Find single words like
all forms of a word like JUMP,
words matching patterns like
phrases like more * than or
You can also search by synonyms (e.g.
customized wordlists like
clothes. In each case, you see each individual
You can use parts of speech as part of your query. For example, ADJ eyes would find a two word string, composed of an adjective followed by the word eyes. Some other examples are: rough NOUN, NAME Smith, VERB * money, TALK ADV, NUM people, LET PRON VERB.
An easy way to use part of speech tags is by selecting them from the drop-down list (click on [PoS] to show it). You can also type the part of speech tags directly into the search form.
Previously, you had to use the part of speech tag (from the link above) inside of brackets, e.g. [j*]. But that's a bit cumbersome for mobile phones, and there are now different ways of specifying the part of speech -- all of which work equally as well. For example, all of the following would find the same strings: ADJ eyes, [j*] eyes, J eyes, _j eyes.
If you are using Type 1 or Type 4 above, you can use wildcards for the part of speech tag. For example, [nn2*] = plural nouns, [n*] = all nouns, [*n*] = nouns (including ambiguous noun/adj tags), etc. If you are using Type 2 or Type 3, it needs to be upper case: short NOUN.
You can also add a part of speech tag to the end of any word, but you need to use either Type 1 or Type 4 above. For example, end would find end with any part of speech, but end.[n*] or end_n would limit it to end as a noun, and end_v or end_v would limit it to end as a verb. Make sure that you separate the word and the part of speech with a period / full stop and bracket (Type 1) or an underscore (Type 4), and that there is no space. Remember also that you can combine these with lemma searches to find all forms of a word with a given part of speech, e.g. END_v or END.[v*].
If you don't know what the part of speech tag is for a given word (or the words in a phrase), just select [OPTIONS] and then [GROUP BY] = [NONE] (SHOW POS). For example, see the PoS tags for light, back, front, or in light of
If you capitalize an entire word, it will find all forms of that word. For example, DECIDE would find all forms of decide (decide, decides, decided, deciding), whereas decide would just find the single form decide.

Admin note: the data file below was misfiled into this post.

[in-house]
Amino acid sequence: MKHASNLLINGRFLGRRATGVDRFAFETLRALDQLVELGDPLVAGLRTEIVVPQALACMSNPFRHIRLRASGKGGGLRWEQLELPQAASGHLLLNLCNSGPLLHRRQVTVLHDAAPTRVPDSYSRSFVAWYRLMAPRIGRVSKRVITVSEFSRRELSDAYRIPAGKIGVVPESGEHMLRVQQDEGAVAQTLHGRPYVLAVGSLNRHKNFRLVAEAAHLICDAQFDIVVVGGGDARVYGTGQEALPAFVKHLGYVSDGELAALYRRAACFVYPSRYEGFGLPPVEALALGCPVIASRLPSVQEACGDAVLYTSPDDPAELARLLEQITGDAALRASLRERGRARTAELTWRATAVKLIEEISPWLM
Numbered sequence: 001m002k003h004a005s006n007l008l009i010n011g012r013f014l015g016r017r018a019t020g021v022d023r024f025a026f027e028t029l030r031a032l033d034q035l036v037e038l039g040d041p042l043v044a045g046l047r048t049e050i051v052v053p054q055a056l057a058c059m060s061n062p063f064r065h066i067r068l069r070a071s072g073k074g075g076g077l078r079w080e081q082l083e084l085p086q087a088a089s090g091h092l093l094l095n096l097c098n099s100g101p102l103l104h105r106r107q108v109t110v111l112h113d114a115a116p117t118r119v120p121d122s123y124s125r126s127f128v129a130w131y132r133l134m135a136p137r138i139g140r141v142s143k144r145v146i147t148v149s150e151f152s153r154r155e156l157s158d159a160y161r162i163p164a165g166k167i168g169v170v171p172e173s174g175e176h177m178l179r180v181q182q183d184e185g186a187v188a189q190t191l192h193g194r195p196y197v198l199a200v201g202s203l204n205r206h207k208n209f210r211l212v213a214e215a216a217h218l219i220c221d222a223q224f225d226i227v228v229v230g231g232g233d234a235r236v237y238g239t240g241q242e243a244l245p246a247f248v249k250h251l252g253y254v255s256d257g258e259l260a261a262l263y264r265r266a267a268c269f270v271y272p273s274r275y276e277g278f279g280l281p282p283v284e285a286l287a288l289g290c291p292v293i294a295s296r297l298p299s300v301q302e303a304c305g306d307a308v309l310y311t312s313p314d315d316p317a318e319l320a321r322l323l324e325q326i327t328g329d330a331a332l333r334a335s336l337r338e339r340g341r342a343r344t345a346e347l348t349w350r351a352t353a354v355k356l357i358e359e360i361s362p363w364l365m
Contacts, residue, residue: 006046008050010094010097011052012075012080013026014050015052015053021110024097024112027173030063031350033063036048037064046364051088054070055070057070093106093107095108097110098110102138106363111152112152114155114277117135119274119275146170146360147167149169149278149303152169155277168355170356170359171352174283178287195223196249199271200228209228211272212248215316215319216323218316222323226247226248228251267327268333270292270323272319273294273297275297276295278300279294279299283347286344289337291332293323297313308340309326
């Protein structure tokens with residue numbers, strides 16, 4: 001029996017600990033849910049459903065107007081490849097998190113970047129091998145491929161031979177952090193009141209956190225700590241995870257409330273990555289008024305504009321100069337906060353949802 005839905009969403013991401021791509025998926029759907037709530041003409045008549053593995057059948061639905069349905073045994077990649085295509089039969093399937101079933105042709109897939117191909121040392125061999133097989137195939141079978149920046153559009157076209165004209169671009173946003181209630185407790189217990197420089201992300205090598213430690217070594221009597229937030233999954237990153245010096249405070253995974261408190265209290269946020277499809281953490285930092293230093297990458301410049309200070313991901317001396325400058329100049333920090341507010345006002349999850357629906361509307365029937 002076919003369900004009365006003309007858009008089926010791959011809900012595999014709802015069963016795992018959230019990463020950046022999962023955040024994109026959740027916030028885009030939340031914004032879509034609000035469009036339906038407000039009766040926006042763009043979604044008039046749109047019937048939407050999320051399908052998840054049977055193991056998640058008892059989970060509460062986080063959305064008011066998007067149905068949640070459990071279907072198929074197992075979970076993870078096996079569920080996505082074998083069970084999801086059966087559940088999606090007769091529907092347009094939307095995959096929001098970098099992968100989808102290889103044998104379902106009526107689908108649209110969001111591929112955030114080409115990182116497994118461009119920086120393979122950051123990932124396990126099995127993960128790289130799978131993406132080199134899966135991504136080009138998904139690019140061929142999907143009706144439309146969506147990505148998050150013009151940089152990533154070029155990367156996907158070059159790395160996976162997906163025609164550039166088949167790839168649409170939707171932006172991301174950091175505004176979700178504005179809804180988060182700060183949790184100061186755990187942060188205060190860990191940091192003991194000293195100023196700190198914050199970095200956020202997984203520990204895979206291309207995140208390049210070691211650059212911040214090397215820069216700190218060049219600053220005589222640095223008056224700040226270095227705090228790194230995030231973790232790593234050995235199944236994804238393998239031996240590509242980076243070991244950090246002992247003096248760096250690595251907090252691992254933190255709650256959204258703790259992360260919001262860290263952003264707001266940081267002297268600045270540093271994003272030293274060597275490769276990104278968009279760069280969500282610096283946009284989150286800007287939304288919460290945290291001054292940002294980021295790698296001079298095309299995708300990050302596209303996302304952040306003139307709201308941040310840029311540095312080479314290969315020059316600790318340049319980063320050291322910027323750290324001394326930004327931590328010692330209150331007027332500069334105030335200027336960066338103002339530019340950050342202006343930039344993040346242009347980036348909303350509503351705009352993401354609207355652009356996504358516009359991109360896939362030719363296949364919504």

Another example: =CLEAN would find all of the synonyms of clean (scour, scoured, polish, polishes, etc), whereas =clean would just find scour, polish, etc. (Notice that we have also added the part of speech _v to the end, to limit these to verbs.)
You can search by all of the synonyms of a given word, which provides powerful "semantically-based" searches of the corpus. For example, you can find the synonynms of beautiful, nonsense, or clean (v).
Of course you can use the synonyms as part of phrases as well. For example, =CLEAN * NOUN, =clever =man, or =strong ARGUMENT. As the last example shows, synonyms can be very useful when you are a non-native speaker, and you want to know which related words are used in a particular context.
As =clean * NOUN shows, not every token will actually be a synonym of a given word in every case. For example, scour may be a synonym of clean in scour the sink, but not in scour the library for good books.
Note the it is often useful to limit the synonyms to those with a particular part of speech, as in clean_v. It is often also useful to find all forms of the synonyms, by capitalizing the word: CLEAN. And of course you can combine these as well, for example all forms of all synonyms of clean as a verb.
Finally, note that you can click on the [S] to find synonyms for each word in the results set. This allows you to follow a "synonym chain" from one word to another to another...
The Hansard and EEBO corpora have been "semantically tagged", and you can use these tags as part of your search. A few examples are given below.